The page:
United Kingdom general election, 1818

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United Kingdom general election, 1818
United Kingdom
1812 ←
4 August 1818 → 1820

All 658 seats to the House of Commons
330 seats needed for a majority
  First party Second party
  Earl jenkinson.jpg Charles Grey, 2nd Earl Grey by Sir Thomas Lawrence copy.jpg
Leader Earl of Liverpool Earl Grey
Party Tory Whig
Leader since 8 June 1812
Leader's seat Earl of Liverpool Earl Grey
Seats won 280 175
Popular vote - -
Percentage - -

PM before election

Earl of Liverpool
Tory

Subsequent PM

Earl of Liverpool
Tory

The 1818 general election of the United Kingdom saw the Whigs gain a few seats, but the Tories under the Earl of Liverpool retained a majority of around 90 seats. The Whigs were divided over their response to growing social unrest and the introduction of the Corn Laws.

The result of the election was known on 4 August 1818.

The fifth United Kingdom Parliament was dissolved on 10 June 1818. The new Parliament was summoned to meet on 4 August 1818, for a maximum seven-year term from that date. The maximum term could be and normally was curtailed, by the monarch dissolving the Parliament, before its term expired. The sixth Parliament lasted only about a year and a half, as King George III's death on 29 January 1820 triggered a dissolution of Parliament.

Political situation[edit]

The Tory leader was the Earl of Liverpool, who had been Prime Minister since his predecessor's assassination in 1812. The Tory Leader of the House of Commons was Robert Stewart, Viscount Castlereagh.

The Whig Party had long suffered from weak leadership, particularly in the House of Commons.

At the time of the general election, the Earl Grey was the leading figure amongst the Whig peers. The last Whig Prime Minister, the Lord Grenville, had retired from active politics in 1817. It was likely that Earl Grey would have been invited to form a government, had the Whigs come to power, although in this era the monarch rather than the governing party decided which individual would be Prime Minister.

The Leader of the Opposition in the House of Commons, until his death in 1817, was George Ponsonby the uncle of Grey's wife. About a year after Ponsonby's death, George Tierney reluctantly became the recognized leader of the opposition in the House of Commons. However after 1819 he did not carry out the functions of leader although he retained the title.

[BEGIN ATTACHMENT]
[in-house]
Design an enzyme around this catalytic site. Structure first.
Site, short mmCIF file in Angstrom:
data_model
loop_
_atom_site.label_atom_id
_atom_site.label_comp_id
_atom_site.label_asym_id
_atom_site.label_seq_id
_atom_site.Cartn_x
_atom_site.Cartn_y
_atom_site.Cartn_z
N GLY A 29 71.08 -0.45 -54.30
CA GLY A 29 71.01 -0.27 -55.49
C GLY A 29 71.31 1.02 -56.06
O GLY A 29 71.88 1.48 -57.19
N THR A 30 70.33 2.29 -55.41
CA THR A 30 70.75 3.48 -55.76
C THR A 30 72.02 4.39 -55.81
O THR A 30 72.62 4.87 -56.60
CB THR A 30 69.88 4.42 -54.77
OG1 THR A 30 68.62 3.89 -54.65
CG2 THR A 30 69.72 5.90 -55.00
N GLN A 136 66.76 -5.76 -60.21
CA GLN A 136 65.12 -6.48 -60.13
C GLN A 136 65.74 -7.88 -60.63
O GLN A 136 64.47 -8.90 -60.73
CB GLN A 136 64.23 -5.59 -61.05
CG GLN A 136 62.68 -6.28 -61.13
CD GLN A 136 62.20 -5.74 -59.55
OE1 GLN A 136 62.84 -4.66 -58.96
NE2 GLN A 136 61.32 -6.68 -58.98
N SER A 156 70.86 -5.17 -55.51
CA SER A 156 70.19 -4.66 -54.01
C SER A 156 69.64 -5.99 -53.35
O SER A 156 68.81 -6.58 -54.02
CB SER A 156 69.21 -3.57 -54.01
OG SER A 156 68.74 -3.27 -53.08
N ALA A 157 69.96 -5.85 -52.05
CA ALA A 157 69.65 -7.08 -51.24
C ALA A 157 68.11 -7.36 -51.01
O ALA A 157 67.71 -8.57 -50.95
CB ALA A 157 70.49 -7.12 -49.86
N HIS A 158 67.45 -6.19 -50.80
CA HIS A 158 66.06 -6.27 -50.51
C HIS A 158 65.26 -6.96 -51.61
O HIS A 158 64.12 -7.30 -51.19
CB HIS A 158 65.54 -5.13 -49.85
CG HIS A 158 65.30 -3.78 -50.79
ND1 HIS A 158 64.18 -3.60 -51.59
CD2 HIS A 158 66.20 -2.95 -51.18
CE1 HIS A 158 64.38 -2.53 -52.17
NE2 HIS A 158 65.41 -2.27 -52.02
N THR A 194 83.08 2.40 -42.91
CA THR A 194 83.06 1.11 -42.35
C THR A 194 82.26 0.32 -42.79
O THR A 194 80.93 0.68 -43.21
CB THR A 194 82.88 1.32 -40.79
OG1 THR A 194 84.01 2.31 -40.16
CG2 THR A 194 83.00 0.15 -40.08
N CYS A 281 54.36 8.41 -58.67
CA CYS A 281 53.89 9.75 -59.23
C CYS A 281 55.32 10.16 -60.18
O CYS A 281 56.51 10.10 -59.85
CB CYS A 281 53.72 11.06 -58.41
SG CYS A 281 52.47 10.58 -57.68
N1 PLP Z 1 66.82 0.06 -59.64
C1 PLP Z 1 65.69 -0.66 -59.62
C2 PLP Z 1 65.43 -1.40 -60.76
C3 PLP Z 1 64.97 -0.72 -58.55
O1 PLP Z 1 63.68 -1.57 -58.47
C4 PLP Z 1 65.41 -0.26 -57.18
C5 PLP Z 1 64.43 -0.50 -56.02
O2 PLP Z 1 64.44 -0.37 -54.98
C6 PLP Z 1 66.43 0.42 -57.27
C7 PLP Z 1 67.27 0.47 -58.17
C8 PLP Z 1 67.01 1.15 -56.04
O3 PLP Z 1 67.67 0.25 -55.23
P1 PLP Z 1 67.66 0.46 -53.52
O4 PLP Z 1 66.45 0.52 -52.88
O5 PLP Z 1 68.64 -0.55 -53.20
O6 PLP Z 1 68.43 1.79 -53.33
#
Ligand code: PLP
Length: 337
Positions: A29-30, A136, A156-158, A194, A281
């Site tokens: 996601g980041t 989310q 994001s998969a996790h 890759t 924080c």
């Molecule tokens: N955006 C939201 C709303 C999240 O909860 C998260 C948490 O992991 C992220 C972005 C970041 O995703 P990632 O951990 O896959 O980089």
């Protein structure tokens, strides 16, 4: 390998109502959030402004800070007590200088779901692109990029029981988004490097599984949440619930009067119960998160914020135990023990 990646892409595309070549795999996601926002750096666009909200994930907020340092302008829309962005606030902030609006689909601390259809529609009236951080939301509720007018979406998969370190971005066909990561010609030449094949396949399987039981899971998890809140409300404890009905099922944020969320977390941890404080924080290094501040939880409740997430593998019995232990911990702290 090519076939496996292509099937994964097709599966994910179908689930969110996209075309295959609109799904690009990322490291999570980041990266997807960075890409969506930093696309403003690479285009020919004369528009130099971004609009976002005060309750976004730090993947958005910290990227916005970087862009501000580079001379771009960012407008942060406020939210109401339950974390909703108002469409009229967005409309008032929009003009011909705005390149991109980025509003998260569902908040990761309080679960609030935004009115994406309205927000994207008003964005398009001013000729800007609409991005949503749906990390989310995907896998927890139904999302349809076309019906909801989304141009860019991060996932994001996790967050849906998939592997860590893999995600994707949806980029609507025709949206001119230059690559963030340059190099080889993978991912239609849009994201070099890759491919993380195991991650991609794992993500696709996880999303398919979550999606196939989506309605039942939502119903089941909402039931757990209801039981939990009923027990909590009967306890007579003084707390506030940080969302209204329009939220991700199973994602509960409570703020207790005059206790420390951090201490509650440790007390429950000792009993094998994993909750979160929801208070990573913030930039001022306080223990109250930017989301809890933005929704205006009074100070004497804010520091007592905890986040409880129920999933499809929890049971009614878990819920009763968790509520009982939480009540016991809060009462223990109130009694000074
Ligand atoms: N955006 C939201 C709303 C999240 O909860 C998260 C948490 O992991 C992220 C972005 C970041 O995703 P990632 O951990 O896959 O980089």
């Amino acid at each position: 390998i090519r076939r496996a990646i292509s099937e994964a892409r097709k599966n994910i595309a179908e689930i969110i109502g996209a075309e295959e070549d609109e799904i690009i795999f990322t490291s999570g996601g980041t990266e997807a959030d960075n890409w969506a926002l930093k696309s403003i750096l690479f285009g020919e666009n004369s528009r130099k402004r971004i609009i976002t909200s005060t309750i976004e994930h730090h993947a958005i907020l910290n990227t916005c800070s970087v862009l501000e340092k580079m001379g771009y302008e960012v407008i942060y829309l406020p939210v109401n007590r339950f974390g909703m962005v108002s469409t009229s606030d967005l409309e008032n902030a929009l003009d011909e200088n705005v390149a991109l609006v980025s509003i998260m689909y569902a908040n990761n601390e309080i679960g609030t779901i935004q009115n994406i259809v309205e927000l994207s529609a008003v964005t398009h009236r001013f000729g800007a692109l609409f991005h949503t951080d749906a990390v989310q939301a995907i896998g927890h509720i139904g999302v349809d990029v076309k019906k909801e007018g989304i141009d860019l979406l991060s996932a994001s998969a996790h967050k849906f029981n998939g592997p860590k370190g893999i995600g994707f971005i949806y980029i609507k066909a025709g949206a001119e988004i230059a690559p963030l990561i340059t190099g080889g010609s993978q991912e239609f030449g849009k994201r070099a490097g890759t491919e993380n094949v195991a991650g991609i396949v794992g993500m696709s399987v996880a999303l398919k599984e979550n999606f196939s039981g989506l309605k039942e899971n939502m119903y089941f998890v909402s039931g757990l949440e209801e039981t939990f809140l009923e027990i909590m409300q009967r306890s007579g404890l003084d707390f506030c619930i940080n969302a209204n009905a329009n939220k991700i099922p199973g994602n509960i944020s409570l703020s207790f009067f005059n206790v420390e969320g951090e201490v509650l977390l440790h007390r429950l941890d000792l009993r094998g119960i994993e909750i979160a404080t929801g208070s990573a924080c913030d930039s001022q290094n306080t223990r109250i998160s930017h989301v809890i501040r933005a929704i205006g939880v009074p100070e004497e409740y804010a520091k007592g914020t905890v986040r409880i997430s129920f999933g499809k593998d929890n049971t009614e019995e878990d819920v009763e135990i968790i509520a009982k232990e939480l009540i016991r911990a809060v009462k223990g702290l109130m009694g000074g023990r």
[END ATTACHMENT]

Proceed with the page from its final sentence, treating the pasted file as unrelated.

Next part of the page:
Summary of the constituencies[edit]

Key to categories in the following tables: BC - Borough/Burgh constituencies, CC - County constituencies, UC - University constituencies, Total C - Total constituencies, BMP - Borough/Burgh Members of Parliament, CMP - County Members of Parliament, UMP - University Members of Parliament.

Monmouthshire (1 County constituency with 2 MPs and one single member Borough constituency) is included in Wales in these tables. Sources for this period may include the county in England.

Table 1: Constituencies and MPs, by type and country

Country BC CC UC Total C BMP CMP UMP Total MPs
England 202 39 2 243 404 78 4 486
Wales 13 13 0 26 13 14 0 27
Scotland 15 30 0 45 15 30 0 45
Ireland 33 32 1 66 35 64 1 100
Total 263 114 3 380 467 176 5 658

Table 2: Number of seats per constituency, by type and country

Country BCx1 BCx2 BCx4 CCx1 CCx2 UCx1 UCx2 Total C
England 4 196 2 0 39 0 2 243
Wales 13 0 0 12 1 0 0 26
Scotland 15 0 0 30 0 0 0 45
Ireland 31 2 0 0 32 1 0 66
Total 63 198 2 42 72 1 2 380

See also[edit]

References[edit]

  • His Majesty's Opposition 1714-1830, by Archibald S. Foord (Oxford University Press 1964)
  • (Dates of Elections) Footnote to Table 5.02 British Electoral Facts 1832-1999, compiled and edited by Colin Rallings and Michael Thrasher (Ashgate Publishing Ltd 2000).
  • (Types of constituencies - Great Britain) British Historical Facts 1760-1830, by Chris Cook and John Stevenson (The Macmillan Press 1980).
  • (Types of constituencies - Ireland) Parliamentary Election Results in Ireland 1801-1922, edited by B.M. Walker (Royal Irish Academy 1978).